This past week, I have been introducing my students to the IELTS exam. Some of them are already familiar with it but most of them aren't. I've been trying to ease them in with some overviews and get them exposed to the style of the questions and the topics that are so commonly used.

A few days ago, for example, I introduced them very gently to the IELTS speaking test. Yesterday I gave them this overview of the IELTS reading test, which contains some useful pointers. Then we did some work from a great textbook called Focus on IELTS Foundation. I highly recommend it.

Wednesday, 15 March 2017

Business English Vocabulary - Company History

One of the most important parts of business English is teaching your students the necessary vocabulary for describing a company's history. This means teaching key vocabulary and collocations for describing a business, as well as using grammar incorrectly.

This Powerpoint presentation is intended for intermediate level students who are new to business English, and it mostly gives them vocabulary with examples. However, you may want to bring attention to the grammar used, such as the passive voice for "was founded," and so on.

Company History - ESL Language from David Wills

After teaching this language, I try to give my students a listening task to get them using it for a well-known company. I like this video about the history of Apple:

I would use these questions, which are obviously quite simple, but it makes the students really pay attention to those important phrases:

1. When was Apple founded?

2. When was the Apple II first sold?

3. When did they introduce the Macintosh?

4. When did they release the iPod?

After this, you'll want your students to practice using the target language with some freer practice, so have them describe a company they know. 

Tuesday, 14 March 2017

Groupwork in Big Classes

How do you get big classes to work well in groups? It's a question that baffles many teachers. Indeed, some classes are just going to be difficult, while others many act like angels. But there are some ways that you can help them out.

  1. Most importantly, make sure the students know what they should do. This sounds obvious, but think about your instructions and how they might be misinterpreted. Ask some ICQs to ensure they follow you.
  2. Following on from that, make sure to give tangible goals and realistic time limits. Don't give vague tasks and indefinite periods of time to achieve them. 
  3. Mix up the groups so that the students aren't just playing around with their friends. Sometimes friends work best together... but sometimes they need split up so that they can get some actual work done. 
  4. Monitor the students to make sure that they're on task. If they're not, push them in the right direction. Sometimes this means just quietly reaffirming the task, but if many groups are doing the wrong thing, you need to go back to the start and explain more clearly.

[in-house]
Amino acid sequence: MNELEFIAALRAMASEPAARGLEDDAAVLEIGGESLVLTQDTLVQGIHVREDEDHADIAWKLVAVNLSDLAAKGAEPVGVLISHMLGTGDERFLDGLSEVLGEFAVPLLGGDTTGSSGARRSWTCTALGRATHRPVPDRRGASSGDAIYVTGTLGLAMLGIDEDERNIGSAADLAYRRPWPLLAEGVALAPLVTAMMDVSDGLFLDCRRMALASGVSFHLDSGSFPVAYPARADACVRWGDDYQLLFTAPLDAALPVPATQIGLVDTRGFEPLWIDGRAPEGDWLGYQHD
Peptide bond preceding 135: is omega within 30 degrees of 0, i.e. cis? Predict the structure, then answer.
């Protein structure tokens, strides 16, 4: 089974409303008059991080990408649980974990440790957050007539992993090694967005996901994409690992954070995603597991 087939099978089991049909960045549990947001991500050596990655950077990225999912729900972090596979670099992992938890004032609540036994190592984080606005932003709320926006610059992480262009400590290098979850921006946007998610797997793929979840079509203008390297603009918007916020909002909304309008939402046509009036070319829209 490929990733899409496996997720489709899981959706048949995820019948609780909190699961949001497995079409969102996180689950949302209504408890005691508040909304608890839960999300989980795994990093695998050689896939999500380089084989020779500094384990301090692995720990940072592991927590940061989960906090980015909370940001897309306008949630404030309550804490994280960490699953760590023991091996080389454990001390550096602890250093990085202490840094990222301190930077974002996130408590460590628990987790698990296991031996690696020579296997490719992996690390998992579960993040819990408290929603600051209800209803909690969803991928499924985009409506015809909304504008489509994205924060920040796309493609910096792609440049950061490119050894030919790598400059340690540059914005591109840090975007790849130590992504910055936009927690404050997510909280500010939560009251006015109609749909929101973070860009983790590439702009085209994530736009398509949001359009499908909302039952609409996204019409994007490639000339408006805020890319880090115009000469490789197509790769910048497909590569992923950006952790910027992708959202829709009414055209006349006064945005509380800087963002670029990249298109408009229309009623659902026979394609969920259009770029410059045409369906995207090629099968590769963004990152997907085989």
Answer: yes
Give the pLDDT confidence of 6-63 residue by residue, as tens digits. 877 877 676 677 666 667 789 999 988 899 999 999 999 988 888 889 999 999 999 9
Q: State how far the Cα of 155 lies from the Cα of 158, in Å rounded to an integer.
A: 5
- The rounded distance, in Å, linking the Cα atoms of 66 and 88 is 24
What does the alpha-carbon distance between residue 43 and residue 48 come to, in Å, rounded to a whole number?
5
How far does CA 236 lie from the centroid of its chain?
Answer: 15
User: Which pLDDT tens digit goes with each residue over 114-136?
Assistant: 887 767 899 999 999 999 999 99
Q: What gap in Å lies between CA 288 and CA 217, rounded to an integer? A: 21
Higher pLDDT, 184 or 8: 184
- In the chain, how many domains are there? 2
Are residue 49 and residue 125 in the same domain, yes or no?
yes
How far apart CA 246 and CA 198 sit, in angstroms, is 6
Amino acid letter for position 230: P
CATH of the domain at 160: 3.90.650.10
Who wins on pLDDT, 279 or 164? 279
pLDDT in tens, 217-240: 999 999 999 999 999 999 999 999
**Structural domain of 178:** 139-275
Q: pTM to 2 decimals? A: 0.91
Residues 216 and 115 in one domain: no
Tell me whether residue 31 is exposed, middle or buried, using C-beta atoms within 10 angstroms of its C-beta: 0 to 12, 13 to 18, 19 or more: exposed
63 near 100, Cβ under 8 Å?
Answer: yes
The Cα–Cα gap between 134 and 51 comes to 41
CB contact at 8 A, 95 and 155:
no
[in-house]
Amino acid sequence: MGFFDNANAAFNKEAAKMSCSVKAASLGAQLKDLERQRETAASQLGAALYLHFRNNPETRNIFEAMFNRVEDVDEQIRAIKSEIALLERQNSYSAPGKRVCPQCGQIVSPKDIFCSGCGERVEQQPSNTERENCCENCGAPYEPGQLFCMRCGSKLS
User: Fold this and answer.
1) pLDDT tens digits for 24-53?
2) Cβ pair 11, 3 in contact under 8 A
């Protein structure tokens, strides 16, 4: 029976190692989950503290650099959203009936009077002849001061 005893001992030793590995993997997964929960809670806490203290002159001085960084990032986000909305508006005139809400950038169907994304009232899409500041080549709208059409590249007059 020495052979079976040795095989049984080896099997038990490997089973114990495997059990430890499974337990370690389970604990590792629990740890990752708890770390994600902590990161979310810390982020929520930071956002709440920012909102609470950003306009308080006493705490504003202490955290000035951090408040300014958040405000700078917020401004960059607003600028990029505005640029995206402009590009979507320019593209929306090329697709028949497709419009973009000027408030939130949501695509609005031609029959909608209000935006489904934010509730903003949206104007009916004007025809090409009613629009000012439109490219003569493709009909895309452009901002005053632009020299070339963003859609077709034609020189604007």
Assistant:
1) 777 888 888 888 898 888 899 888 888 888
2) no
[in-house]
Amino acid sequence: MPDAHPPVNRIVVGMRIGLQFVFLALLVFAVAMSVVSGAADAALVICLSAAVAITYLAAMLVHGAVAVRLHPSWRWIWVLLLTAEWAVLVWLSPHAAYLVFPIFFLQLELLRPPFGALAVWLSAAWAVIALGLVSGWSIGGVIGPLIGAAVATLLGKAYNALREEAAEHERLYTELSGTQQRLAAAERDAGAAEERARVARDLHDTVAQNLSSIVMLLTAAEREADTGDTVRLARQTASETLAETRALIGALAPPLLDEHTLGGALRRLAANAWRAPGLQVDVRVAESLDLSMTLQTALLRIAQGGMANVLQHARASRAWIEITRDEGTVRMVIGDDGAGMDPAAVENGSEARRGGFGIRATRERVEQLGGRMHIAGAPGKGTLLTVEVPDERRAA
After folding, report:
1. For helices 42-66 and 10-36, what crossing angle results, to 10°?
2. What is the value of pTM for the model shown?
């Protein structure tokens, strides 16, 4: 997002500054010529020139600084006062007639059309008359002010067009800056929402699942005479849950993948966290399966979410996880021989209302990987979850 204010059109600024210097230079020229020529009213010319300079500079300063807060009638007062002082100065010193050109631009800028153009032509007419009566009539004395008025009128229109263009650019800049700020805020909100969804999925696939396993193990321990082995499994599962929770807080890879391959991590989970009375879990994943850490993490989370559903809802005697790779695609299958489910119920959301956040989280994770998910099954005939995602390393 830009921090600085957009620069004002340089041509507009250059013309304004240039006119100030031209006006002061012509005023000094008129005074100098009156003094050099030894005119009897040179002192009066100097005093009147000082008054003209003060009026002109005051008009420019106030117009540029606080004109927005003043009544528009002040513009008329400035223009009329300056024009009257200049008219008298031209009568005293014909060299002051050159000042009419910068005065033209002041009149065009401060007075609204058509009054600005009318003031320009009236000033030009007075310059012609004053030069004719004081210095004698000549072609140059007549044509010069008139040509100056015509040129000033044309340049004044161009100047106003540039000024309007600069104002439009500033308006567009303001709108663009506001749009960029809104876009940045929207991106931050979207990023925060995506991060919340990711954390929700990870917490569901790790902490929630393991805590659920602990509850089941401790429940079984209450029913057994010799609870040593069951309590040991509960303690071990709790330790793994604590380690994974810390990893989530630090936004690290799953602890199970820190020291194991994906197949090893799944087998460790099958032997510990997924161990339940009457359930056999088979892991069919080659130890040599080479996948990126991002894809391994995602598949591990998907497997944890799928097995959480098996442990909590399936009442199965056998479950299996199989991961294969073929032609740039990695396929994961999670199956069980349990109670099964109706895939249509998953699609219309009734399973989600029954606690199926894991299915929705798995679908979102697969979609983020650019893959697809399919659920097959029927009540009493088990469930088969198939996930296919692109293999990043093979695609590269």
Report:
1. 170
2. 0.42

5. Give the groups names! This is a surprising one, but it really, really helps. Better yet, let them name themselves. This gives them a sense of identity, and makes them work harder towards their goal. 
  6. Allow the team to choose a leader, and allow the leader to lead the team. Don't let them be tyrants, but this will help keep them working towards their goal. 
  7. Don't interfere too much. Show that you are interested in what they're doing, but watch from a distance after your initial monitoring. 

Saturday, 11 March 2017

Introduction to IELTS Speaking

If your students are fairly new to the IELTS exam, but you want to introduce them to the speaking section and have them get some valuable practice, then I have a great idea for you.

Have them watch a video of someone actually doing the IELTS exam. It's probably best if you choose a candidate from your own students' country. Mine are Chinese, so I use this video:

I'll tell my students to listen and note down the questions the examiner asks her.

After that, we'll go through the questions together. Parts 2 and 3 might be a little difficult for students just being introduced to the IELTS exam, so you might want to just focus on Part 1 instead. The questions can be found at my IELTS help website.

Once you have written up the questions after eliciting them from your students, draw attention to the topics - study, internet, TV - and explain that these are very common IELTS speaking topics. Mention some others.

If you want, you can watch certain parts again and critique the candidate's answers. If you do so, inform the students of the expectations - that they should reply to Part 1 questions with one or two short sentences, but that later they need to speak more.

Then, finally, have your students pair up and practice asking and answering these questions. They're great because they're so common and really quite easy to answer.